Resuscitation myths (CAEP 2018)

Resuscitation myths for CAEP 2018

I was asked to speak at CAEP 2018 about myths in resuscitation. Most people, by now, know that I love a good myth, but the one time that I don’t want to be debating the medical literature is when there is a critically ill patient in front of me. Those are times for action, not debate or doubt. I would care if the myth put my patient at risk, but in emergency medicine we are really good at life and death. Myths generally don’t survive if we are talking about a mortality benefit. So why would anyone want to sit through a talk about resuscitation myths? Was I about to plant seeds of doubt that would grow into critical inaction?

However, as I reflected on the various myths that I could speak about, it dawned on me that myths themselves are frequently the cause of inaction. Picture the resuscitation of a sick anaphylactic patient: there are nurses rushing to start IVs and collect medications such as benedryl, ranitidine, and steroids. There is a lot of action, but it is mostly tangential – the stuff of myths. All the patient needs is epinephrine. Everything else just gets in the way; complicates resuscitation.

I value simplicity in the resuscitation room. I want my resuscitations to be smooth; to be easy. All too often, resuscitation is complicated by myths and misunderstandings. Therefore, I decided to pick myths that I thought could simplify resuscitation. These are the myths I discussed:

Peripheral vasopressors

The bottom line is that harms are incredibly rare when running vasopressors through a peripheral IV. There are certainly times when peripheral vasopressors can and should be used in resuscitation. However, very significant adverse events have been occasionally reported, so care must be taken. A write up of this evidence can be found here.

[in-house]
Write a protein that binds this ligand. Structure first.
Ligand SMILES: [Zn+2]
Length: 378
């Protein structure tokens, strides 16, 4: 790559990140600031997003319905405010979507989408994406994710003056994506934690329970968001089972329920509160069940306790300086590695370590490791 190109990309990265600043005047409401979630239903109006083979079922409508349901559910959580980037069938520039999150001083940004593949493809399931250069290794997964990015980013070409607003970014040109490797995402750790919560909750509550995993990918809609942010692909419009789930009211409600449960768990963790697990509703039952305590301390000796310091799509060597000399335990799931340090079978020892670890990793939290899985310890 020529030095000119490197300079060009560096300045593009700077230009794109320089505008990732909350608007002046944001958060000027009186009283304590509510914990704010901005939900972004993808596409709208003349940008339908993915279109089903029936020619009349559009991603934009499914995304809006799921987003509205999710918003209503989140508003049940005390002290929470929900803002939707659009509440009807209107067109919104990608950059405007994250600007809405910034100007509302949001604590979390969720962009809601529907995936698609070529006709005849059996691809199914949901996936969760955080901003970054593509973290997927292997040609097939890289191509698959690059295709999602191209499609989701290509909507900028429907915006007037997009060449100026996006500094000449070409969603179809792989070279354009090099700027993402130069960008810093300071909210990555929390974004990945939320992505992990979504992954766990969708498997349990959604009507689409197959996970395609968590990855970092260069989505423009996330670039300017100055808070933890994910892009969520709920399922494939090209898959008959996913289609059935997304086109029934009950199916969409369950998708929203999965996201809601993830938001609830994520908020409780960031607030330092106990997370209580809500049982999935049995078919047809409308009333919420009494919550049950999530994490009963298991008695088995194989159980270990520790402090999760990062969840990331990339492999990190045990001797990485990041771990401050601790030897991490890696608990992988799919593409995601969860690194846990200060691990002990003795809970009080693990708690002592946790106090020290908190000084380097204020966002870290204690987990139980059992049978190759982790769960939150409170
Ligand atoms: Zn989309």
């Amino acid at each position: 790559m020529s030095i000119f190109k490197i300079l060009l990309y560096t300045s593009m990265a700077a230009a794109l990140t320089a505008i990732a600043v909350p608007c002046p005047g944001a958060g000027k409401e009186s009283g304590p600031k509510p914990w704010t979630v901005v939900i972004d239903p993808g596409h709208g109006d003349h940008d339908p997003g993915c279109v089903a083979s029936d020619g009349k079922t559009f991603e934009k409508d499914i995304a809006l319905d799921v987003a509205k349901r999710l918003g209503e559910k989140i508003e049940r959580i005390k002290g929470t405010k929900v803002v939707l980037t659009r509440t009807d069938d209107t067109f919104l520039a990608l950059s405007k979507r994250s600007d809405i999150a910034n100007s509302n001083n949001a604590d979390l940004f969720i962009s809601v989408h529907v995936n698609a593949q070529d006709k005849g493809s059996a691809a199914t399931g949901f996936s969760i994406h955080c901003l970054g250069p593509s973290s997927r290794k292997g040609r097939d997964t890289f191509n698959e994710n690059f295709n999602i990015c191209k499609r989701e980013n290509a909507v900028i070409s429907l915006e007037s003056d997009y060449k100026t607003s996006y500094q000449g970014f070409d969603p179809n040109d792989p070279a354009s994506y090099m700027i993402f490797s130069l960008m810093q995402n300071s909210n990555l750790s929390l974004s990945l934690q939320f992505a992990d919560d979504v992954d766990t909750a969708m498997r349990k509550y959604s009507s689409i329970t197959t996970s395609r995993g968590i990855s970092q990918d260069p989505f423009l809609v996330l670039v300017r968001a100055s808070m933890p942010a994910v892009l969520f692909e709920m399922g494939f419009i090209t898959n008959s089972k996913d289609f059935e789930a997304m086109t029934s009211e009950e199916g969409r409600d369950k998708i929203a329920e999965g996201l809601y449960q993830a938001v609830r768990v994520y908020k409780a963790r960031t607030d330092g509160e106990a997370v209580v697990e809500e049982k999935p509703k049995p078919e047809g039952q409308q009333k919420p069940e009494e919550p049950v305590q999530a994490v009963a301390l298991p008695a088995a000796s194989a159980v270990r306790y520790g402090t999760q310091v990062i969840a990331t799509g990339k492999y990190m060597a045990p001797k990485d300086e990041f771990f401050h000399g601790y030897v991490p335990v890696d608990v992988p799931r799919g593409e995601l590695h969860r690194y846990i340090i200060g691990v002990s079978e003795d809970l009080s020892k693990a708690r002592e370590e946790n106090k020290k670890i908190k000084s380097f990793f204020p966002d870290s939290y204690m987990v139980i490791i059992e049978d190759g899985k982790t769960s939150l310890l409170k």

Contrast induced nephropathy

The bottom line is that based on the current literature, it is not clear that contrast has any effect on renal function. If it does, bad outcomes like dialysis are rare. However, the current literature is based entirely on observational data, and we would need RCT data to be sure. What we can be sure of is that if you have a sick patient in front of you that requires contrast to make an urgent diagnosis, the benefit of the contrast will almost certainly outweigh the (potentially mythical) risk. A full write up of this evidence can be found here.

PPIs for GI bleeds

The bottom line is that in 6 RCTs of emergency department patients with upper GI bleeds, PPIs do not decrease any patient oriented outcome (mortality, rebleeding, need for transfusion, or surgery). There were a couple secondary outcomes changed, but they have problems and were not consistent between trials. A full write up of this evidence can be found here.


The bottom line is that the classic method of preoxygenation, using a nonrebreather at 15 L/min, is inadequate for emergency department patients. Flush rate oxygen (turning the flow up as high as it will go) will result in better pre-oxygenation, and positive pressure ventilation should be considered as a preoxygenation technique in hypoxic patients (anyone with a saturation less than 95%). These issues are discussed in the airway series.

Fasting for procedural sedation

The bottom line is that across many thousand patients in observational trials, there is no association between NPO status and adverse outcomes. The primary reason for keeping patients NPO is to prevent aspiration, which in these studies occurs in about 1 in every 10,000 patients. Therefore, even the theoretical benefit is tiny, and must be considered in the context of the harms of requiring patients to remain NPO (delayed procedures, prolonged pain, more difficult procedures, and simply the harm of being denied food and drink). A full summary of this evidence can be found here.

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